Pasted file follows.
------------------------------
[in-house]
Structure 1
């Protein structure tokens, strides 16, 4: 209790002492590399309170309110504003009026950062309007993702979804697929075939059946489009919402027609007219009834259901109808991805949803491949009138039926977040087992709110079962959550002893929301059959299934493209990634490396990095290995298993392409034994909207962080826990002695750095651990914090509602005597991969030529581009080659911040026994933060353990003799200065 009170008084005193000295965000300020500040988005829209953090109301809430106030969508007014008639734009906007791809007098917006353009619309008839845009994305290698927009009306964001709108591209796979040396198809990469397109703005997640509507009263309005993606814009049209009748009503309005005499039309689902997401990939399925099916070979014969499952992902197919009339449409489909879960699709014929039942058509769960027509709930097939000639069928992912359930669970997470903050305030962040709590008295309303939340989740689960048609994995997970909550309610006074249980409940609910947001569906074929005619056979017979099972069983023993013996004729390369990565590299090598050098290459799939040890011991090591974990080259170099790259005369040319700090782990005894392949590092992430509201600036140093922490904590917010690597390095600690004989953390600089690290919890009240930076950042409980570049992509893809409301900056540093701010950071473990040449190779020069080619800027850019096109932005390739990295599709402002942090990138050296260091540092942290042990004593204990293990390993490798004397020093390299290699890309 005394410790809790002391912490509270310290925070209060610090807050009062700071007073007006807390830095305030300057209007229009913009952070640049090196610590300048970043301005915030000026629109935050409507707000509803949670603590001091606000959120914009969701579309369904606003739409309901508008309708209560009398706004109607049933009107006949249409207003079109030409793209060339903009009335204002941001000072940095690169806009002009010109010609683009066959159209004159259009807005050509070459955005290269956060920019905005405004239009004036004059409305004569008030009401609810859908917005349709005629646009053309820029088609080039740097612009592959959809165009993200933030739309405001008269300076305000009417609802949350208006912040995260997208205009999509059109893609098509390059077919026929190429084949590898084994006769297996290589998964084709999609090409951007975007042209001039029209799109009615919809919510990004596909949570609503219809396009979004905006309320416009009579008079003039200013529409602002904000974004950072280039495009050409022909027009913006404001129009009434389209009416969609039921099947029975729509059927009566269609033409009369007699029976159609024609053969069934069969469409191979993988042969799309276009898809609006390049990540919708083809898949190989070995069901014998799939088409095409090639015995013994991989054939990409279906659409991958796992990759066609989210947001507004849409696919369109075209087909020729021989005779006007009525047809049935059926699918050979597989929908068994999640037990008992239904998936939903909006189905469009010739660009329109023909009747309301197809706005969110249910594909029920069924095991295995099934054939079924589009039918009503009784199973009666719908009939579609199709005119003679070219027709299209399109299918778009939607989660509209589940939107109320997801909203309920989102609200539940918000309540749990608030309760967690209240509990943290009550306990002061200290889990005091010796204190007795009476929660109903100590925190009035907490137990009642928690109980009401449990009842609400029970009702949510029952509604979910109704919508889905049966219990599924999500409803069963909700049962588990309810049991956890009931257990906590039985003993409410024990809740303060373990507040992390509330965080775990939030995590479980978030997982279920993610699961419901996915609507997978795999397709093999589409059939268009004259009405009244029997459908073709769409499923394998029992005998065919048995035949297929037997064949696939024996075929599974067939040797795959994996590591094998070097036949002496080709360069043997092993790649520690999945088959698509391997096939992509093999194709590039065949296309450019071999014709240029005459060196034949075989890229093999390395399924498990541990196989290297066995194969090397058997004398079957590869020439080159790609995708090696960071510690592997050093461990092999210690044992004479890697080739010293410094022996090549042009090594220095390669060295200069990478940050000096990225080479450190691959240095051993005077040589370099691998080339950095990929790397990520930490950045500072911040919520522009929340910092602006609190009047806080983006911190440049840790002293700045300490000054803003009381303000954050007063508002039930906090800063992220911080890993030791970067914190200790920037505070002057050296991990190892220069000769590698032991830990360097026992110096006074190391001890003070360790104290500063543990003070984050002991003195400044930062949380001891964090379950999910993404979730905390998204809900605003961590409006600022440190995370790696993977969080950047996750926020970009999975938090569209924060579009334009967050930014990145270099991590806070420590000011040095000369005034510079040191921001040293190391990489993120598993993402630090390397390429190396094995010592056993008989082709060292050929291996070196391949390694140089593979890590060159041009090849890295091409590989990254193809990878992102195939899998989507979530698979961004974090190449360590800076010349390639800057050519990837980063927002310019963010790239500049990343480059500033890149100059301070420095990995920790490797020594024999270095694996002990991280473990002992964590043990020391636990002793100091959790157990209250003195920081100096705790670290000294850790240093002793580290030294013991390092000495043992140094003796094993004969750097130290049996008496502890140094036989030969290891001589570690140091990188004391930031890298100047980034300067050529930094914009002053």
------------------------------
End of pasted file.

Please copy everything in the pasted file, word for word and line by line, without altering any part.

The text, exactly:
[in-house]
Structure 1
């Protein structure tokens, strides 16, 4: 209790002492590399309170309110504003009026950062309007993702979804697929075939059946489009919402027609007219009834259901109808991805949803491949009138039926977040087992709110079962959550002893929301059959299934493209990634490396990095290995298993392409034994909207962080826990002695750095651990914090509602005597991969030529581009080659911040026994933060353990003799200065 009170008084005193000295965000300020500040988005829209953090109301809430106030969508007014008639734009906007791809007098917006353009619309008839845009994305290698927009009306964001709108591209796979040396198809990469397109703005997640509507009263309005993606814009049209009748009503309005005499039309689902997401990939399925099916070979014969499952992902197919009339449409489909879960699709014929039942058509769960027509709930097939000639069928992912359930669970997470903050305030962040709590008295309303939340989740689960048609994995997970909550309610006074249980409940609910947001569906074929005619056979017979099972069983023993013996004729390369990565590299090598050098290459799939040890011991090591974990080259170099790259005369040319700090782990005894392949590092992430509201600036140093922490904590917010690597390095600690004989953390600089690290919890009240930076950042409980570049992509893809409301900056540093701010950071473990040449190779020069080619800027850019096109932005390739990295599709402002942090990138050296260091540092942290042990004593204990293990390993490798004397020093390299290699890309 005394410790809790002391912490509270310290925070209060610090807050009062700071007073007006807390830095305030300057209007229009913009952070640049090196610590300048970043301005915030000026629109935050409507707000509803949670603590001091606000959120914009969701579309369904606003739409309901508008309708209560009398706004109607049933009107006949249409207003079109030409793209060339903009009335204002941001000072940095690169806009002009010109010609683009066959159209004159259009807005050509070459955005290269956060920019905005405004239009004036004059409305004569008030009401609810859908917005349709005629646009053309820029088609080039740097612009592959959809165009993200933030739309405001008269300076305000009417609802949350208006912040995260997208205009999509059109893609098509390059077919026929190429084949590898084994006769297996290589998964084709999609090409951007975007042209001039029209799109009615919809919510990004596909949570609503219809396009979004905006309320416009009579008079003039200013529409602002904000974004950072280039495009050409022909027009913006404001129009009434389209009416969609039921099947029975729509059927009566269609033409009369007699029976159609024609053969069934069969469409191979993988042969799309276009898809609006390049990540919708083809898949190989070995069901014998799939088409095409090639015995013994991989054939990409279906659409991958796992990759066609989210947001507004849409696919369109075209087909020729021989005779006007009525047809049935059926699918050979597989929908068994999640037990008992239904998936939903909006189905469009010739660009329109023909009747309301197809706005969110249910594909029920069924095991295995099934054939079924589009039918009503009784199973009666719908009939579609199709005119003679070219027709299209399109299918778009939607989660509209589940939107109320997801909203309920989102609200539940918000309540749990608030309760967690209240509990943290009550306990002061200290889990005091010796204190007795009476929660109903100590925190009035907490137990009642928690109980009401449990009842609400029970009702949510029952509604979910109704919508889905049966219990599924999500409803069963909700049962588990309810049991956890009931257990906590039985003993409410024990809740303060373990507040992390509330965080775990939030995590479980978030997982279920993610699961419901996915609507997978795999397709093999589409059939268009004259009405009244029997459908073709769409499923394998029992005998065919048995035949297929037997064949696939024996075929599974067939040797795959994996590591094998070097036949002496080709360069043997092993790649520690999945088959698509391997096939992509093999194709590039065949296309450019071999014709240029005459060196034949075989890229093999390395399924498990541990196989290297066995194969090397058997004398079957590869020439080159790609995708090696960071510690592997050093461990092999210690044992004479890697080739010293410094022996090549042009090594220095390669060295200069990478940050000096990225080479450190691959240095051993005077040589370099691998080339950095990929790397990520930490950045500072911040919520522009929340910092602006609190009047806080983006911190440049840790002293700045300490000054803003009381303000954050007063508002039930906090800063992220911080890993030791970067914190200790920037505070002057050296991990190892220069000769590698032991830990360097026992110096006074190391001890003070360790104290500063543990003070984050002991003195400044930062949380001891964090379950999910993404979730905390998204809900605003961590409006600022440190995370790696993977969080950047996750926020970009999975938090569209924060579009334009967050930014990145270099991590806070420590000011040095000369005034510079040191921001040293190391990489993120598993993402630090390397390429190396094995010592056993008989082709060292050929291996070196391949390694140089593979890590060159041009090849890295091409590989990254193809990878992102195939899998989507979530698979961004974090190449360590800076010349390639800057050519990837980063927002310019963010790239500049990343480059500033890149100059301070420095990995920790490797020594024999270095694996002990991280473990002992964590043990020391636990002793100091959790157990209250003195920081100096705790670290000294850790240093002793580290030294013991390092000495043992140094003796094993004969750097130290049996008496502890140094036989030969290891001589570690140091990188004391930031890298100047980034300067050529930094914009002053």